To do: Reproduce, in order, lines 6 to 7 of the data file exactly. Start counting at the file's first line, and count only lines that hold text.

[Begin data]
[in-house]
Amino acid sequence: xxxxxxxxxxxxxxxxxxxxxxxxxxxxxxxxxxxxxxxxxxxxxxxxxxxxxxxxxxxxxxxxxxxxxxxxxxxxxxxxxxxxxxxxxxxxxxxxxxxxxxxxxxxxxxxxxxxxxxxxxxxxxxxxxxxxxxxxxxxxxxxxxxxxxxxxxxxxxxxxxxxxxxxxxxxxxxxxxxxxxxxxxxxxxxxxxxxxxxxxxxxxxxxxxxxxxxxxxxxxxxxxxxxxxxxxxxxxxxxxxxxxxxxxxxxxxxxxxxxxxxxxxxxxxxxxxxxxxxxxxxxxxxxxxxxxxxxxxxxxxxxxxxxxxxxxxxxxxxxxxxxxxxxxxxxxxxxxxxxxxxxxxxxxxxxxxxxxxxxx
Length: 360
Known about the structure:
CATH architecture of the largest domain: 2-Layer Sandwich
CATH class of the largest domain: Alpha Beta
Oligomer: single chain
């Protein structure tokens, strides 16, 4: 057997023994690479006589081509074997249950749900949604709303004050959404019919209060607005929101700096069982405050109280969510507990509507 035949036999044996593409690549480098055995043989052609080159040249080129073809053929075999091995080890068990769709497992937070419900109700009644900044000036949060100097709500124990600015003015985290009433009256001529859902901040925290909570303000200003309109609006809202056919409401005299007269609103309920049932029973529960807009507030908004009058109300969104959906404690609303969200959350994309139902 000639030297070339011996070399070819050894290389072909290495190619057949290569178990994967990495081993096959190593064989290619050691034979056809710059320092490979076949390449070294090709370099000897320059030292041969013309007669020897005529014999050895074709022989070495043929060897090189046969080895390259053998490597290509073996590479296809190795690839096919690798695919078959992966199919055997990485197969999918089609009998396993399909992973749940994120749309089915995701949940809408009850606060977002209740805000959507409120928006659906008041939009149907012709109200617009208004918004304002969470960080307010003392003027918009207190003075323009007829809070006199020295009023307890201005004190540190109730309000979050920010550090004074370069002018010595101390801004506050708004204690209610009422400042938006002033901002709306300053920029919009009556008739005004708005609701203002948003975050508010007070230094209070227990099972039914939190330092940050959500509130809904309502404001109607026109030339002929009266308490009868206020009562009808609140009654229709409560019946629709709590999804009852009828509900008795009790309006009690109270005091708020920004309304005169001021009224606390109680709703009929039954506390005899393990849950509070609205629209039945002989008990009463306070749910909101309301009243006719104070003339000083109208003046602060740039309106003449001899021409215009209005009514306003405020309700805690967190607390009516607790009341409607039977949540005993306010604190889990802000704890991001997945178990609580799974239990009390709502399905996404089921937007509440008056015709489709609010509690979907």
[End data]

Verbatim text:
CATH class of the largest domain: Alpha Beta
Oligomer: single chain